Wireless networking makes life a lot easier — at least, that’s the theory. But connecting to a wireless network can be troublesome, though the solution is often fairly simple. By following these six steps you will be able to identify and solve the most common problems quickly and easily. One thing to make sure of before starting is that wireless networking is switched on. On some computers youmay need to press a button or flick a switch before the PC can connect — it varies from PC to PC, but look for something marked Wireless, Wifi, 802.11 or with an antenna or radio waves (on Dell computers, hold down Fn and press F2). If you’re still having connection problems after all your equipment has been checked, then follow our advice to fix the problem.
The first port of call when checking for wireless network problems is the wireless network icon in the Notification Area, the small collection of icons at the bottom-right of the screen. The icon is a picture of two computer monitors, and if you have a working connection (or if the computer thinks you do) it will be partly covered by a blue-green globe. Hover your mouse over the icon (move the pointer over it but don’t click anything) and a small box will appear showing the strength of the wireless signal and what kind of access is available. If you can’t see the globe, or if you can but there’s still no network connection, the next step is to right-click the icon and select ‘Diagnose and repair’.
Once you’ve clicked ‘Diagnose and repair’ the computer will go through a process of figuring out what kind of connection you’re trying to make and attempt to reconnect to it. If the problem is temporary, you might find that it fixes itself at this point. Otherwise a window will appear with further options. Depending on the problem, you may be offered the option of trying to connect again or changing the wireless security key (see Step 3). If there’s no response from the network, you could try connecting with a network cable and logging into the router’s control panel to diagnose the fault. To do so, open a web browser and type the router’s address. It will usually be 192.168.0.1 or 192.168.1.1, but details for this and the router’s administrator password will be in its manual.
Home networks should have some security set up (on the router or access point). A good option is WPA or WPA2 encryption (either or both will appear in the router’s setup page). WEP security is more widely used but is less secure. You will be prompted to enter a ‘key’, which can be any phrase of text. Remember this, as Vista will prompt you to enter it when you want to connect to the network. If you’re using a paid-for public hotspot there may be no security, but you will need to log on to the network. Once connected, open a web browser and you will be directed to a page where you can pay or log in, if you have an account.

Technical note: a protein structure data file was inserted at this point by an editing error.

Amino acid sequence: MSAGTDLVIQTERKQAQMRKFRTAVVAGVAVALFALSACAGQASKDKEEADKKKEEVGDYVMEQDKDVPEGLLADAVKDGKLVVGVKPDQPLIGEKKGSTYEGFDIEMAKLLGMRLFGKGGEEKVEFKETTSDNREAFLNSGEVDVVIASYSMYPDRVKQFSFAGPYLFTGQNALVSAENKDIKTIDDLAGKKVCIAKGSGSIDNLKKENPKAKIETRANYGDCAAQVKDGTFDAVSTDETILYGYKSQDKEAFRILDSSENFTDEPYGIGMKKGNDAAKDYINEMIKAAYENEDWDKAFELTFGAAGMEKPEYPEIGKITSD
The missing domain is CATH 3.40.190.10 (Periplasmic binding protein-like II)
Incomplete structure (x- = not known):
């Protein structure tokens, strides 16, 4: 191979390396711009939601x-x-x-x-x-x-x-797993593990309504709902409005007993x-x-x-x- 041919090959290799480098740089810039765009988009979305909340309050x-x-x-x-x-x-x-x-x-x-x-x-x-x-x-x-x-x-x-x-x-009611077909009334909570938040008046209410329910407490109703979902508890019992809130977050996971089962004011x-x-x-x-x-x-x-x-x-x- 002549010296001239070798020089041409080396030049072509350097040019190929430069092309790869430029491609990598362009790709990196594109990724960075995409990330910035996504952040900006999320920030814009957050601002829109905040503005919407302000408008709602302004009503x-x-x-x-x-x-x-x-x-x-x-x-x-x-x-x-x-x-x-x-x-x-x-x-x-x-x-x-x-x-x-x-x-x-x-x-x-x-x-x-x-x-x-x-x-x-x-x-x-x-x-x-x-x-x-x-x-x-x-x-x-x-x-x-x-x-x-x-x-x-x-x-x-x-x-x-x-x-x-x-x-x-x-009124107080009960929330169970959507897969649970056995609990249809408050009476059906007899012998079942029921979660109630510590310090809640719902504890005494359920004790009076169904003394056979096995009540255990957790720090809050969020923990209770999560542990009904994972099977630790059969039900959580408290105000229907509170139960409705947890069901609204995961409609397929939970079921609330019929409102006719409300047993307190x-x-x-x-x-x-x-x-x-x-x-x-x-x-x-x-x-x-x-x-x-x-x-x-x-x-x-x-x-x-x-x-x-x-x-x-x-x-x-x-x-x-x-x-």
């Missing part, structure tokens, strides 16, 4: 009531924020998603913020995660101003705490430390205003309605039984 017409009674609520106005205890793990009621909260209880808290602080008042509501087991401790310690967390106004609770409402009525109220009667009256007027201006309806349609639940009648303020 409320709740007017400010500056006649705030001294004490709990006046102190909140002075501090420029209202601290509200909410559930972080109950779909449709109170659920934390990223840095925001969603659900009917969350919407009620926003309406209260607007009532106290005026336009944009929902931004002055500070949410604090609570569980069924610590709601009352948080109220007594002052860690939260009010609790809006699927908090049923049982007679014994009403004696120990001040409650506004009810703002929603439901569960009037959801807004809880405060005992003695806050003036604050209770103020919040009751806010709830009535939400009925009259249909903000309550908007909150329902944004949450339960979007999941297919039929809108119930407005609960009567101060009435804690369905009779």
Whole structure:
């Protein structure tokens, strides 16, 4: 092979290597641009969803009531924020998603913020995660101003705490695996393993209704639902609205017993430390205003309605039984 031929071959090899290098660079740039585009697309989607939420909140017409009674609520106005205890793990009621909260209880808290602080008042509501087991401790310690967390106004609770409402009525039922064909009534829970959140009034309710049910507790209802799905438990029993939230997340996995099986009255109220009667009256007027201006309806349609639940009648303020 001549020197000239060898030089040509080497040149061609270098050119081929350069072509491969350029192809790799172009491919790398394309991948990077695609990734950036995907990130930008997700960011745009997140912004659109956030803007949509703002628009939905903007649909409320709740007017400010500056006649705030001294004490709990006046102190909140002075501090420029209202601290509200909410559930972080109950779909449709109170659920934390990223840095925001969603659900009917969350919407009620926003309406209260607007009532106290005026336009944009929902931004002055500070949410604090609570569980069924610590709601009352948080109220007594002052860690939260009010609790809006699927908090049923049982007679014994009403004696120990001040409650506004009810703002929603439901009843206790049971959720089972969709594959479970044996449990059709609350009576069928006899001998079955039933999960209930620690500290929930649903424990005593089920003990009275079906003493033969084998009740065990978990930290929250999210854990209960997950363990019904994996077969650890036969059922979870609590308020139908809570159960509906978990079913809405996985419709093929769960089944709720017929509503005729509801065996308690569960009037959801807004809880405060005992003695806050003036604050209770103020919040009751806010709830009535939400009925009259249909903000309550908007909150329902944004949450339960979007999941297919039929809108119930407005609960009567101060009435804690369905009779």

If you can’t find the right name in the list of available wireless networks, it may be that the one to which you’re trying to connect has been hidden to prevent unauthorised access. To get to it, select Unnamed Network from the list and click Connect. You will be prompted to type the name of the network — get this fromthe owner of the network. Windows will then try to connect — if you need a passphrase or security key to access it, you’ll be prompted for that. Type it in and click Connect. A common problem here is mistyping of keys — tick the ‘Display characters’ box to be able to see what you’re typing, or copy and paste it from an email or text document.
If Windows can’t find any networks and your wireless facility is switched on (see introduction), check that the hardware is working. Click Start, then Control Panel, then Network and Sharing Center, then Manage Wireless Connections. Rightclick the wireless connection and select Enable. If that doesn’t work, click Start and type device, then click Device Manager when it appears above. In Device Manager, double-click Network Adapters to expand it, and look for your wireless network adapter. If it’s not there, make sure it’s physically connected. Check the fitting; if it’s a USB device try it in another port. A yellow exclamation mark in Device Managermeans it is not working — try installing the latest drivers from the maker’s website. A red X means it has been disabled — right-click it and select Enable.
Wireless networks can work over a number of ‘channels’. You can set the channel when you set up the network (on your router or wireless access point). If you live in a city with lots of wireless networks around you, choose a channel few others are using to minimise interference. Log in to your router (instructions vary between manufacturers) and choose another channel for the wireless connection (you’ll need to reconnect any computers connected to it) and see if performance improves. The placement of the wireless router is also important. If it has ‘line of sight’ to the computer you’ll get a better signal; if not, try to place it so there are fewer obstacles in the way.